To prepare its students for the workplace, the cutting-edge specialist engineering college decided on a BTEC-led curriculum for its sixth form to ensure students were studying topics relevant to their future careers. Principal Polly Lovell believes BTECs are hugely important to the future of STEM because they allow students to become work-ready, which is what STEM employers are looking for.
“It’s really important that we prepare students for the workplace and for university, and we feel that BTECs give students the opportunity to get a great qualification but also gain those really core practical, work-ready skills that employers are looking for.”
Polly Lovell, Principal, UTC Plymouth
Supported by these local and regional employers, the UTC encourages students to participate in multiple placements to help them contextualise their learning and begin to make decisions about their career paths. Kaye Richards, BTEC Level 3 Information Technology student, completed work experience with live and on-demand video service specialists Vualto, where she was able to work with different teams to expand on her interests and knowledge. Alongside her work experience placements, Kaye also took on the role of Project Manager in an exciting venture; The Plymouth STEM Calendar.
Designed to showcase STEM activities throughout the city of Plymouth, the App aims to disseminate useful information about STEM related activities in the city and beyond. As with many of the UTC’s other initiatives, collaboration was at the forefront of the project. Not only does the app serve primary and secondary schools in the area but it is also an invaluable tool for libraries and wider organisations interested in supporting and promoting STEM.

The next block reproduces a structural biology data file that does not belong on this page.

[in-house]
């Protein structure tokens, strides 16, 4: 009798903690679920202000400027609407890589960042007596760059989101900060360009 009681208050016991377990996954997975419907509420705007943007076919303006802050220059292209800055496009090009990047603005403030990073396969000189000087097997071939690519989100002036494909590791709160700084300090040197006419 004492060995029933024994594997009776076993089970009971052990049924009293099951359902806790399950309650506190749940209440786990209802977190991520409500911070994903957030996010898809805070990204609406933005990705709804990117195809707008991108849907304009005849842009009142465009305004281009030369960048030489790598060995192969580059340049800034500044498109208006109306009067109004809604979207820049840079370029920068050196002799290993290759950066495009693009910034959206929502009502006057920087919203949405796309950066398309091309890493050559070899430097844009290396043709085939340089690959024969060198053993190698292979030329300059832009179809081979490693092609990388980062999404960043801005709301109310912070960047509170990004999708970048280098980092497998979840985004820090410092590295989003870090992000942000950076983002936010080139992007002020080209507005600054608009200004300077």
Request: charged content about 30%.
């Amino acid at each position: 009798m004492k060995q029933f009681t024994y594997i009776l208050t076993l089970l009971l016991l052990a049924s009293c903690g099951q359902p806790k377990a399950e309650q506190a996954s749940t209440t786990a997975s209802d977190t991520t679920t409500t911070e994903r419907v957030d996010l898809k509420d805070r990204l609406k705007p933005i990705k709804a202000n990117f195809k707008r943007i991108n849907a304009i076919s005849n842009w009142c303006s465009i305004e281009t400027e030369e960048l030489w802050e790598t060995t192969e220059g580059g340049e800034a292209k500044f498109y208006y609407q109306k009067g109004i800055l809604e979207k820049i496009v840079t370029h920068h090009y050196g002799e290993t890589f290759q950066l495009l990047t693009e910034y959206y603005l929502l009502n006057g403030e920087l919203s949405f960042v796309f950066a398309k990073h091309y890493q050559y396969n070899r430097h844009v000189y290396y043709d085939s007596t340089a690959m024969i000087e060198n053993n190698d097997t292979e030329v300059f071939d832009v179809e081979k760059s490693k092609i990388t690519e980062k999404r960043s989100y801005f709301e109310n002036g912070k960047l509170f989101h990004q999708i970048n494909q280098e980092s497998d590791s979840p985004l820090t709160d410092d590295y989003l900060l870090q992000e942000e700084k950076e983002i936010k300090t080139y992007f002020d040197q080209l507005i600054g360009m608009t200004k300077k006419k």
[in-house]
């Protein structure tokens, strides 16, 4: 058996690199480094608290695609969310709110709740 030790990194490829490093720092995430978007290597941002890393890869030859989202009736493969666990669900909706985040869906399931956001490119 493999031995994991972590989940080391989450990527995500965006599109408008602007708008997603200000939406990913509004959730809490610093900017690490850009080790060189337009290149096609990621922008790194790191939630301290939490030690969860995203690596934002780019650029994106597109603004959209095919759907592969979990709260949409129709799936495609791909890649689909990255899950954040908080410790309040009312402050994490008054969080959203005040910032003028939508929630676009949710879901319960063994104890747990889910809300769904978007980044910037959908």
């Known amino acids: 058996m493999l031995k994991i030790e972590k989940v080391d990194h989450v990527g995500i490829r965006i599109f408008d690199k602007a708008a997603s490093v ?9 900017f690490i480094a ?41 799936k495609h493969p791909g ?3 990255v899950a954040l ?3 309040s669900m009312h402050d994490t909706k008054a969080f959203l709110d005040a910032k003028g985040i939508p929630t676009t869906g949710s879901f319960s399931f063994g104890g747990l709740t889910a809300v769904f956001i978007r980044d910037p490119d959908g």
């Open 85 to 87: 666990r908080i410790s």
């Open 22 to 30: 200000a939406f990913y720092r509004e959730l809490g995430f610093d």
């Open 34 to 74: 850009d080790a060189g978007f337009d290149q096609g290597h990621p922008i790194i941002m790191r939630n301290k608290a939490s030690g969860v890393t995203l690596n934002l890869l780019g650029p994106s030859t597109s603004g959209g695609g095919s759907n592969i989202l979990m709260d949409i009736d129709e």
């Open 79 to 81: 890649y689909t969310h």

Simon Pykett, BTEC DIT teacher at UTC Plymouth, supported the group of students. “The experiences and skills that the group gain from real-world scenarios such as this cannot be learned in the classroom alone.”
Women in STEM
Recently, students from Pilgrim Primary School joined BTEC Engineering students to design and build miniature boats. The children used a variety of materials to construct a boat that would (hopefully!) float and were asked to investigate what size of load their boats might be able to carry, potentially testing their creations to destruction in a race.
Not only does this partnership allow BTEC students at the college to take a leading role in promoting the subjects they study, but also ensures younger students are aware of the vocational and academic options available to them in the future. Cat believes this relationship with local primary schools can influence the gender disparity in STEM subjects at secondary school and University, as well as in the workplace.
“BTEC is becoming the new preferred choice for employers. They help students develop very important skills such as problem-solving and collaboration, and could put them in a position to get very well-paid employment and a promising career in the future.”
Cat Clarke, Women in STEM lead at UTC Plymouth